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Norton contempt trial opens

A federal judge this morning started contempt proceedings against Secretary of Interior Gale Norton and Assistant Secretary Neal McCaleb.

U.S. District Judge Royce Lamberth had little remarks at the onset of the trial, noting only he had signed an emergency order on Saturday to reconnect certain non-Bureau of Indian Affairs systems back to the Internet. He also said the parties to the case should meet to discuss a lengthy list of objections Norton raised on Friday.

With that, Dennis Gingold, an attorney representing 300,000 American Indian beneficiaries to the Individual Indian Money (IIM) trust, gave his opening remarks, stating that Norton has "thrown down the gauntlet." He said he expected the trial to take "months" because of the numerous challenges raised by the government's defense team.

As a result, Gingold said he and his team would be going over -- in minute detail -- every sentence, finding and conclusion made by court monitor Joseph S. Kieffer III in his reports.

Mark Nagle, chief of the civil division at the U.S. Attorneys office in Washington, D.C., made a brief statement but reserved his opening remarks for the start of the government's witnesses. However, he did said he believed Norton would escape from the trial without sanctions.

Gingold then immediately called to the stand Tommy Thompson, the Principal Deputy Special Trustee for American Indians. A career bureaucrat, Thompson said he agreed to testify after receiving a call from Gingold and made some preparations over the weekend.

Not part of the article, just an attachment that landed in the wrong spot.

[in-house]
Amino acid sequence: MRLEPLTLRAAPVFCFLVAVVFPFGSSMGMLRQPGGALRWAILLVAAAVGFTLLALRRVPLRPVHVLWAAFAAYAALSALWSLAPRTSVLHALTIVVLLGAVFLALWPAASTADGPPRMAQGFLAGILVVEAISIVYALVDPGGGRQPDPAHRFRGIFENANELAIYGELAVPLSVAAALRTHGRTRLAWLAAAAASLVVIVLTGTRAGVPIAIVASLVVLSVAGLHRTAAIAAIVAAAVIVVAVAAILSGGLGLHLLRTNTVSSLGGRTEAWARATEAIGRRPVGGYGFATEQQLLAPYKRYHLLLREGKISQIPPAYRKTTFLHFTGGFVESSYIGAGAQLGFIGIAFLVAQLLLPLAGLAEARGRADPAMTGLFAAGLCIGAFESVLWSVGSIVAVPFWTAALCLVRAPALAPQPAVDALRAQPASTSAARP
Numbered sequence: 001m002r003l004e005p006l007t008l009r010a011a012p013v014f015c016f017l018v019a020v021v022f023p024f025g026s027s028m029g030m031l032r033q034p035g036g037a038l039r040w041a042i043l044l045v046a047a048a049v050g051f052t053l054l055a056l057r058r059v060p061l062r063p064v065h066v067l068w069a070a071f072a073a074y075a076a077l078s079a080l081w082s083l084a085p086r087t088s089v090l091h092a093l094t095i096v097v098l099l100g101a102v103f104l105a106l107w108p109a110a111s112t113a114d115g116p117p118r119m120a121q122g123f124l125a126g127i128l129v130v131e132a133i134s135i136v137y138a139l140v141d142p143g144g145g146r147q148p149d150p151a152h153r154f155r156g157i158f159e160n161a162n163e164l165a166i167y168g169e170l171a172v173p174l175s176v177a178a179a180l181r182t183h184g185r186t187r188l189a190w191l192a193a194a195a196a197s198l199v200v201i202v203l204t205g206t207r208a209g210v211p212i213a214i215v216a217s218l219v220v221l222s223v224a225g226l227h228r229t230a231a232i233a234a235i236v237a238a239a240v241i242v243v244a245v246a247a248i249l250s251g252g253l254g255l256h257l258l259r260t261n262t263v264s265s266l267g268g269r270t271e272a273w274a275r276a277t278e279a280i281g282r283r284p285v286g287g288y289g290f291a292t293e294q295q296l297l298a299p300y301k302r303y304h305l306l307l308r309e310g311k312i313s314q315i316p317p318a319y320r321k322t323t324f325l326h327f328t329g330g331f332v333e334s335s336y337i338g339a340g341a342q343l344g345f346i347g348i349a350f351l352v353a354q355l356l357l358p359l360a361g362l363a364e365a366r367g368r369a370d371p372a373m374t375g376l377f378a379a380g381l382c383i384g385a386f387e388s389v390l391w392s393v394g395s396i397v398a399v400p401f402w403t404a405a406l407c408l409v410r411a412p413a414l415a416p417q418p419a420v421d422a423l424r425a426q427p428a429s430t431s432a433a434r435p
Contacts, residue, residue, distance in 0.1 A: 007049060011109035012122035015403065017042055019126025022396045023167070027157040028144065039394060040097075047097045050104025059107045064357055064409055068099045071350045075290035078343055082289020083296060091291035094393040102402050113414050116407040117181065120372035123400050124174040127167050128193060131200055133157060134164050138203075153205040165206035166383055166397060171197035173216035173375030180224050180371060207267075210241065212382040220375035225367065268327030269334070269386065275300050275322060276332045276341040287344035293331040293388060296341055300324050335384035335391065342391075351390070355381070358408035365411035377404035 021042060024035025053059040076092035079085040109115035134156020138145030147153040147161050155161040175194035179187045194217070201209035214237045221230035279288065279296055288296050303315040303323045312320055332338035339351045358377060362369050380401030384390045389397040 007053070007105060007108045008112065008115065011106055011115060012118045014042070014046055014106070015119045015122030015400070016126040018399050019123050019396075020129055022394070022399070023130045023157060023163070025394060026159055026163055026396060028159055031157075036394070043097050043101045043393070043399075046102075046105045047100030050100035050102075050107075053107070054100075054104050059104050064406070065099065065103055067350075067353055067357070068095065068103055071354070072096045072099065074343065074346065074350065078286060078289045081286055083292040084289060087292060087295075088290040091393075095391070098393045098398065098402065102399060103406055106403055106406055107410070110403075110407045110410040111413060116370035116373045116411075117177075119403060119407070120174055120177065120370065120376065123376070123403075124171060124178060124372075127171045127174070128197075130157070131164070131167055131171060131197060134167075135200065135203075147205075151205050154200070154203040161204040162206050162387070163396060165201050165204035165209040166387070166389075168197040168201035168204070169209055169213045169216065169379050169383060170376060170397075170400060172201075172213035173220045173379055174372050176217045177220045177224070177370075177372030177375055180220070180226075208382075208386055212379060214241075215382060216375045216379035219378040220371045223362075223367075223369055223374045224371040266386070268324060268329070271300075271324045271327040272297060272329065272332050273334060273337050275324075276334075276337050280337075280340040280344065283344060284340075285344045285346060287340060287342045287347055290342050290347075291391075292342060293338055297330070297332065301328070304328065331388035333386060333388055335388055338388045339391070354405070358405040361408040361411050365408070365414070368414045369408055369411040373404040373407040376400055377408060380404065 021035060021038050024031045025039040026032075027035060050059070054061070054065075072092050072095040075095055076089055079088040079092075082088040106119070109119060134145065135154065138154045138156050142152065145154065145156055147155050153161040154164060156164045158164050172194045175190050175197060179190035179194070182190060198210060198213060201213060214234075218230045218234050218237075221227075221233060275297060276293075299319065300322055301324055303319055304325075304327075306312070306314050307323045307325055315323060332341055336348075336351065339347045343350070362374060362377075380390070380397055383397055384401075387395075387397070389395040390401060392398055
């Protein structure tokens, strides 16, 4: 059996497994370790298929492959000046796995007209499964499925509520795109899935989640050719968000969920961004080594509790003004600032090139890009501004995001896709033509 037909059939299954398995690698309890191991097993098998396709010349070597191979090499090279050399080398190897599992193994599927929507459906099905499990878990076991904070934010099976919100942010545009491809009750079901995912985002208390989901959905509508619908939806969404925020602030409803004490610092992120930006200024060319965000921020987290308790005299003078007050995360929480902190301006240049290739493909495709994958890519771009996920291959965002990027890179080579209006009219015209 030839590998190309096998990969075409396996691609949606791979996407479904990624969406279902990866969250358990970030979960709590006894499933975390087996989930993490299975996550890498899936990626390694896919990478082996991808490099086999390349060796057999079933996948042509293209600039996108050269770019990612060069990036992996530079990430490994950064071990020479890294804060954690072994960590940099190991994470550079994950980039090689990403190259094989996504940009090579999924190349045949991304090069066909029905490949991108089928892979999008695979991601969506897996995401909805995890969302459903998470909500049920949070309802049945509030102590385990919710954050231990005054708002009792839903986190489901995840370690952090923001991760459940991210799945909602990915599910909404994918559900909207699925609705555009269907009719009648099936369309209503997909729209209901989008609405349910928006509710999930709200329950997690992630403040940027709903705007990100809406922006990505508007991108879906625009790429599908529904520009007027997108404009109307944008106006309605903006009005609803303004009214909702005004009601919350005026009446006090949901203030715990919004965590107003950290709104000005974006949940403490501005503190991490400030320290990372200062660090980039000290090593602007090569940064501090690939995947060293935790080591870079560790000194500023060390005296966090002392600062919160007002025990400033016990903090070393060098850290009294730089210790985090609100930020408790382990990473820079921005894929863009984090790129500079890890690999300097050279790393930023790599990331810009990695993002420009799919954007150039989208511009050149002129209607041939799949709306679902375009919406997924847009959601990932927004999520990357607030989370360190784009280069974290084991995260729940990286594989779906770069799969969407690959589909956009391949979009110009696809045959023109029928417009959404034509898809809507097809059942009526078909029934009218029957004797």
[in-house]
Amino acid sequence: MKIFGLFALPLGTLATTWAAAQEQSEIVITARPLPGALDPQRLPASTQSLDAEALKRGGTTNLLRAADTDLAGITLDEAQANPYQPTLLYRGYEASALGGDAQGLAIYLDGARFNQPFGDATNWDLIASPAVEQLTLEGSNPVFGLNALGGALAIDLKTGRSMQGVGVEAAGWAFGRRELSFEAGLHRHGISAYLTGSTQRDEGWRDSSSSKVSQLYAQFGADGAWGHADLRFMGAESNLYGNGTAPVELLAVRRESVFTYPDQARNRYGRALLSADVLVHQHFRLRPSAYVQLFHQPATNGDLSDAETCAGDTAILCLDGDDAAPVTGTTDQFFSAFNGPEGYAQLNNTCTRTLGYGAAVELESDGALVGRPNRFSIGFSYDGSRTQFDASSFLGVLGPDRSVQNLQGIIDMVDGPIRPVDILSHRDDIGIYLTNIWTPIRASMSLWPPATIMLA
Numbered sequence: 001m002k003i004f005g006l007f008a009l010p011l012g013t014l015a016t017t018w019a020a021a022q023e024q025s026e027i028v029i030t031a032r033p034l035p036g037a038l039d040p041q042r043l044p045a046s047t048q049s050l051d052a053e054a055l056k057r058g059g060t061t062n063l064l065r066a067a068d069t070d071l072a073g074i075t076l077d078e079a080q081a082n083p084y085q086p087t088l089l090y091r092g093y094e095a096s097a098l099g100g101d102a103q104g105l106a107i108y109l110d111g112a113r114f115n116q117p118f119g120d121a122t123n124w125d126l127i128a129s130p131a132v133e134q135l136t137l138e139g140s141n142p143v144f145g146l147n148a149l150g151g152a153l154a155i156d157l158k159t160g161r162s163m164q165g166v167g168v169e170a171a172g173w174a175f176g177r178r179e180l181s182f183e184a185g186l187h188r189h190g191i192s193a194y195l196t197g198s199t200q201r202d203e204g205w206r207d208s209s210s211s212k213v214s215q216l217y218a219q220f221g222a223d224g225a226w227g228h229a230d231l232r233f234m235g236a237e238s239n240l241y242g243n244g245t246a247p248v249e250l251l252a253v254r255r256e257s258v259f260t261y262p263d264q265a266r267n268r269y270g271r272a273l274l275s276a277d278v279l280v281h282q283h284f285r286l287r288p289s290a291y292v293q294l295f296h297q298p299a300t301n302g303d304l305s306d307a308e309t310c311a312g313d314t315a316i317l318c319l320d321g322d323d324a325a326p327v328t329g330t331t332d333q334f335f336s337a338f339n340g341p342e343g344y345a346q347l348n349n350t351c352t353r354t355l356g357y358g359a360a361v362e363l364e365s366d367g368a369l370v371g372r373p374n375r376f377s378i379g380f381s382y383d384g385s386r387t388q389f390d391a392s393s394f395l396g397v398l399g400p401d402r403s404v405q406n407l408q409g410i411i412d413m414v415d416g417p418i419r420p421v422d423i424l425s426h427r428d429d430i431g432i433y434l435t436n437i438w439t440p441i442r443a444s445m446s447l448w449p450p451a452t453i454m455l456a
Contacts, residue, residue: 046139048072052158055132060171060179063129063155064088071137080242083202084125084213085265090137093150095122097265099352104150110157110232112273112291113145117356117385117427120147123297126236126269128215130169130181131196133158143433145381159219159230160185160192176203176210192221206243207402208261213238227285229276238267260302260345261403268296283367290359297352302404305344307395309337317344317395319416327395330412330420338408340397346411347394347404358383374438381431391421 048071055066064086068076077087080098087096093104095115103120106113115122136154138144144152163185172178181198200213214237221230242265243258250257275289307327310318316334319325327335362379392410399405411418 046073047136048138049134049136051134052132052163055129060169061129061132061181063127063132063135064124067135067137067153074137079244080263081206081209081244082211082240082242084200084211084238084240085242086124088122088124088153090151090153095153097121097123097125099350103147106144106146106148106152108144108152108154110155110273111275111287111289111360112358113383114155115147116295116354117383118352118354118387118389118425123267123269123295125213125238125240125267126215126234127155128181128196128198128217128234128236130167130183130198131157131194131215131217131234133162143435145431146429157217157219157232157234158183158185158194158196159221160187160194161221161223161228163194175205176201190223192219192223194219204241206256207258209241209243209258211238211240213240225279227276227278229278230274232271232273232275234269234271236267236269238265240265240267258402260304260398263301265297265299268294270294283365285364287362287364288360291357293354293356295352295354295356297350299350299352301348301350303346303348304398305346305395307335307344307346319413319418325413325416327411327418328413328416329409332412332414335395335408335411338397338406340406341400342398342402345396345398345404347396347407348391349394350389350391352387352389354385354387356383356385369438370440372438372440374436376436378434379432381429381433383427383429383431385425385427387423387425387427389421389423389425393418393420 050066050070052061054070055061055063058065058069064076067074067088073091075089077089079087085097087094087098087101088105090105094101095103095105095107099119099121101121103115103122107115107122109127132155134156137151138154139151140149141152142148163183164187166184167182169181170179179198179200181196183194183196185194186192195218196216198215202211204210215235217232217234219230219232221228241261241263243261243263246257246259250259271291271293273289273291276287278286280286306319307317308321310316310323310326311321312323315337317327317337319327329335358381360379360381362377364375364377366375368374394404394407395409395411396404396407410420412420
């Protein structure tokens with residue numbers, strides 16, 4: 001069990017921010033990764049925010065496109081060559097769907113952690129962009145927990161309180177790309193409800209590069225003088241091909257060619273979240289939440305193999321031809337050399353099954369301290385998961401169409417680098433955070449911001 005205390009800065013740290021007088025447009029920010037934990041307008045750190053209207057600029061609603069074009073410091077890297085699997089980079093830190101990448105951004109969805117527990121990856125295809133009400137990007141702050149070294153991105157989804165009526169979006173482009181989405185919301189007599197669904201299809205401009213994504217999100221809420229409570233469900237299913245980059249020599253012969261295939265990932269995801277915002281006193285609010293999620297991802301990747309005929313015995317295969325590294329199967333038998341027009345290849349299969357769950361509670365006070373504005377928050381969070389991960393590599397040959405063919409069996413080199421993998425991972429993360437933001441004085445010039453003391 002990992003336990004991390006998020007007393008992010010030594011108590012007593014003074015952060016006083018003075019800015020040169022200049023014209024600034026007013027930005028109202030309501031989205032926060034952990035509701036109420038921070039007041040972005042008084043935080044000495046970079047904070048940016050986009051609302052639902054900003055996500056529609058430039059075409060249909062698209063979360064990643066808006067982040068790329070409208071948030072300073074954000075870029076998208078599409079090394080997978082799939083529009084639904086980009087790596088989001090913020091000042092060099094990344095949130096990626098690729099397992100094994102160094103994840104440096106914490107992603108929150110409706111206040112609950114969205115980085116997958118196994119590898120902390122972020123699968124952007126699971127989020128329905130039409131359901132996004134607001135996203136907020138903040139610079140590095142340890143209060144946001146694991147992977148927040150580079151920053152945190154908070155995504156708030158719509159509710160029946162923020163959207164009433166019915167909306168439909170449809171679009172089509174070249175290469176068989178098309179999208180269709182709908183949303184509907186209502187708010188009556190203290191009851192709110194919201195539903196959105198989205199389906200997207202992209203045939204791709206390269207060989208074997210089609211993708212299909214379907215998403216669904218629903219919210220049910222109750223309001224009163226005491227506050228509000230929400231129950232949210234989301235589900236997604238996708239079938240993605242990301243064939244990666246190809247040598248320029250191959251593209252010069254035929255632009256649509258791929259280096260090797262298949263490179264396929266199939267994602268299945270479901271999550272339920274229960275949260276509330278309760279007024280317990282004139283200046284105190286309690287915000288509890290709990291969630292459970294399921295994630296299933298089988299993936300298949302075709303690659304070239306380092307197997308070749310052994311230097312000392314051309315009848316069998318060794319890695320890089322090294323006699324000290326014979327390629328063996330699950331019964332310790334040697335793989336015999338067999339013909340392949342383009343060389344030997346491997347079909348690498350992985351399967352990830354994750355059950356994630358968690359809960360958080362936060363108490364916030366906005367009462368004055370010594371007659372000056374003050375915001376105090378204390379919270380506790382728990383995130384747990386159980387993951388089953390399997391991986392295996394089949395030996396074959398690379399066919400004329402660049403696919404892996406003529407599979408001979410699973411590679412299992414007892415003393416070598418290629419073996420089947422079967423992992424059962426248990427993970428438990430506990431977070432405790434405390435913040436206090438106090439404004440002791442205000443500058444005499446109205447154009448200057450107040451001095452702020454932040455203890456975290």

From about 10:50 a.m. till the recess of the trial at about 4:20 p.m., Gingold and Thompson engaged in a question and answer testimony on a large array of topics. Breaking only for lunch and two brief pauses, the pair went over the five main charges brought against Norton and McCaleb.

Thompson testified that he thought Kieffer's reports were a fair and accurate assessment of the government's trust reform efforts to date. As to certain specific conclusions, he said he agreed but on others, he reserved answers.

The testimony was peppered with direct questions by Lamberth. He had a number of concerns about the quality of reports provided to his court, the status of data cleanup, the large amount of probate cases and the state of the $40 million Trust Asset and Accounting Management System (TAAMS).

Occasionally, one of Norton's attorneys would raise an objection -- all but one were overruled by Lamberth. At one point, the attorney objected to a question Lamberth himself posed to Thompson.

Lamberth overruled the objection.

Lamberth then broke for the day, with Thompson expected to be on the stand the rest of the week. Marcella Giles, a private practitioner who has represented some individual Indians on trust cases, is also expected to be called.

McCaleb personally made an appearance in the courtroom, with cane in tow. He has been walking with assistance since the end of November, when problems surfaced at the National Congress of American Indians in Spokane, Washington.

After the lunch break, McCaleb did not return.

Deputy Secretary J. Steven Griles also made an appearance. According to Nagle, he will sit through the entire trial as the Secretary's designee. Nagle said Norton had other business to attend to, after Gingold questioned why she couldn't come "down the street in a limosuine" to the court.

Today on Indianz.Com:
Norton attacks court monitor (12/10)
Norton set for contempt trial (12/10)
Indian panel urging BITAM slow down (12/10)
Editorial: Appoint IIM receiver (12/10)
Floods more important than Indians (12/10)

Relevant Links:
Indian Trust, Department of Interior -
Office of the Special Trustee -
Trust Management Improvement Project -
Indian Trust: Cobell v. Norton -